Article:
Exotic Setting Is Let Down By The Predictable And Uninspired Writing
Namaste England Review: Love makes you do strange things and sometimes the unconventional too. But, getting embroiled in illegal immigration for the sake of your love, does seem a bit far-fetched. 'Namaste England' is the story of a happily married couple who get caught up in a strange adventure. They want to relocate to London, leaving behind a comfy life in Punjab, just because the wife, Jasmeet, isn’t allowed to have a career. The seemingly progressive couple, take some bizarre decisions in life, ones that actually take their relationship to a breaking point. The story does have an underlying message, but the lackluster writing and direction aren't able to explore the true potential of the film.
'Namaste England', begins as a run-of-the-mill love story, where boy meets girl, they fall in love and quickly get married. But, the problem arises when Jasmeet (Parineeti) wishes to be a jewellery designer and Param (Arjun) can’t help her out even though he wants to. He and his father have been sworn by Jasmeet’s granddad to not let her work. Even if you do come to terms with the regressive values of the characters, the ho-hum screenplay makes 'Namaste England' a lot tougher to sit through. The long-drawn first half of the film just doesn’t get moving. The interval brings an unexpected twist, but then the second half dives into over-the-top comedy and melodrama. The whole premise of Param not being able to get a visa is a little too light on logic. What makes things worse is the background score, which feels like it belongs in a campy 90s comedy.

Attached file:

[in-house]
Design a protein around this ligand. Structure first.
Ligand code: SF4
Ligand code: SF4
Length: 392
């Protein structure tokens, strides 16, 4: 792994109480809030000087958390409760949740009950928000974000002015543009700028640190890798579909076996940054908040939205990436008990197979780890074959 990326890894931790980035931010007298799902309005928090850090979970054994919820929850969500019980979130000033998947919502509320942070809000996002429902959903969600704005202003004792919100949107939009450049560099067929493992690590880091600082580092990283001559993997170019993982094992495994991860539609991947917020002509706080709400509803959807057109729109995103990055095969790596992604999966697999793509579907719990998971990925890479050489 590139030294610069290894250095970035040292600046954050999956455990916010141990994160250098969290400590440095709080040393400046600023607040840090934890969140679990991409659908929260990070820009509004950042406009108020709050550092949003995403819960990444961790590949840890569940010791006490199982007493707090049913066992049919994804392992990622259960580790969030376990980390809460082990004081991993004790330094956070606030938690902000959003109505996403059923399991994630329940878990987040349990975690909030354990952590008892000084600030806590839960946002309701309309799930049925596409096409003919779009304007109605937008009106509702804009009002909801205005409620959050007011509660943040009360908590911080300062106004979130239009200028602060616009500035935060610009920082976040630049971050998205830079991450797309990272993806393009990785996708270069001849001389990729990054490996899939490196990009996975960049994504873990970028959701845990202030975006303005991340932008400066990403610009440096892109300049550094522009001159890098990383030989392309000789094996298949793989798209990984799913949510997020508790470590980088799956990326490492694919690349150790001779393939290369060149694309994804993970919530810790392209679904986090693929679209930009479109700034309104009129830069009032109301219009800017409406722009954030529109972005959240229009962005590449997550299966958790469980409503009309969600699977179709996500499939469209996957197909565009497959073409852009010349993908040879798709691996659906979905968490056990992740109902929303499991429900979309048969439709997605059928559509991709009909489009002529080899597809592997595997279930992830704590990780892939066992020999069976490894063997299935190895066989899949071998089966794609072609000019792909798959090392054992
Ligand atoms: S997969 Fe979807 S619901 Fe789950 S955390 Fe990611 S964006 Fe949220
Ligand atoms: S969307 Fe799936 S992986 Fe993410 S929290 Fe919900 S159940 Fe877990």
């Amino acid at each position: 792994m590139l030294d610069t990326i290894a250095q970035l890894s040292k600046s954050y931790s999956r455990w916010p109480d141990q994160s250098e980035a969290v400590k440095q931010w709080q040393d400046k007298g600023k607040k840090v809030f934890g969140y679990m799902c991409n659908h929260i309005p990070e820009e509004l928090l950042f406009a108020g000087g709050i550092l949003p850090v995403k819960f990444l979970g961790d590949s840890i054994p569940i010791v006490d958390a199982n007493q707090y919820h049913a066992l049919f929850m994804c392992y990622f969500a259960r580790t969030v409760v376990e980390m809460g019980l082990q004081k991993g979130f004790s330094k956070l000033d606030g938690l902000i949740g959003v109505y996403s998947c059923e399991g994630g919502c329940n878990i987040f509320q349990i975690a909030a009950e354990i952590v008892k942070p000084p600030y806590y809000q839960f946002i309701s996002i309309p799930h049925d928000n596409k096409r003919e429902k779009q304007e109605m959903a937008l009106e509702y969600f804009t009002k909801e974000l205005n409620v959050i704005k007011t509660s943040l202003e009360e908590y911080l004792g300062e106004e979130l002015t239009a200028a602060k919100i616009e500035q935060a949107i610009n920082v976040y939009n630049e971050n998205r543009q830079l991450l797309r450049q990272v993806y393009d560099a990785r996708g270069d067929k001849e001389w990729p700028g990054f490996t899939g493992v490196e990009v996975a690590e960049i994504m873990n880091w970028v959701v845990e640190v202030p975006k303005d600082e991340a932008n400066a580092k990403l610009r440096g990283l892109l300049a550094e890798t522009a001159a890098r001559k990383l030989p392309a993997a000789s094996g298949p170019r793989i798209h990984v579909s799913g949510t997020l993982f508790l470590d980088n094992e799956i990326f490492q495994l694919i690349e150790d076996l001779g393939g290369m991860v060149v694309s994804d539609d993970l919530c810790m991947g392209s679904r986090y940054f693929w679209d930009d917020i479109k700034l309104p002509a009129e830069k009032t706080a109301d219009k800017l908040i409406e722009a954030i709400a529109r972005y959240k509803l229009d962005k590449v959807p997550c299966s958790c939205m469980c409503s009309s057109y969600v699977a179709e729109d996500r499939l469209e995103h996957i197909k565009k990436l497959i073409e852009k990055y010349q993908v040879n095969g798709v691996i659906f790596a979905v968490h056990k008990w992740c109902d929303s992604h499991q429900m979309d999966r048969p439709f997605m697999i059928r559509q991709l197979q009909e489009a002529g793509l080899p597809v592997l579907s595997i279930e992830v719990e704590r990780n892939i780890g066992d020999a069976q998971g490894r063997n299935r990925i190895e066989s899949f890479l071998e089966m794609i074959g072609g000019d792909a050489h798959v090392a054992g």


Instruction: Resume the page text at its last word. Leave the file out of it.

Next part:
'Namaste England' is shot in some beautiful locations across India and Europe, but the exotic setting is let down by the predictable and uninspired writing. Arjun Kapoor and Parineeti Chopra had crackling chemistry in 'Ishaqzaade' (2012) and the duo still look great together, but their characters are so poorly crafted that even their best efforts can’t salvage the story. Parineeti, in particular, tries very hard to add some semblance of respect with her performance, but it just doesn’t work out. Alankrita Sahai, in a glamorous avatar, looks great on-screen, but her role doesn’t offer any chance to perform, either.
The music, lead by tracks like 'Bhare Bazaar', 'Tu Meri' and 'Proper Patola', is far more entertaining than the film. 'Namaste England' has a lot of promise, but the film just isn’t able to shake off the ill-effects of clichéd storytelling. This one’s a classic case of love's labour lost.
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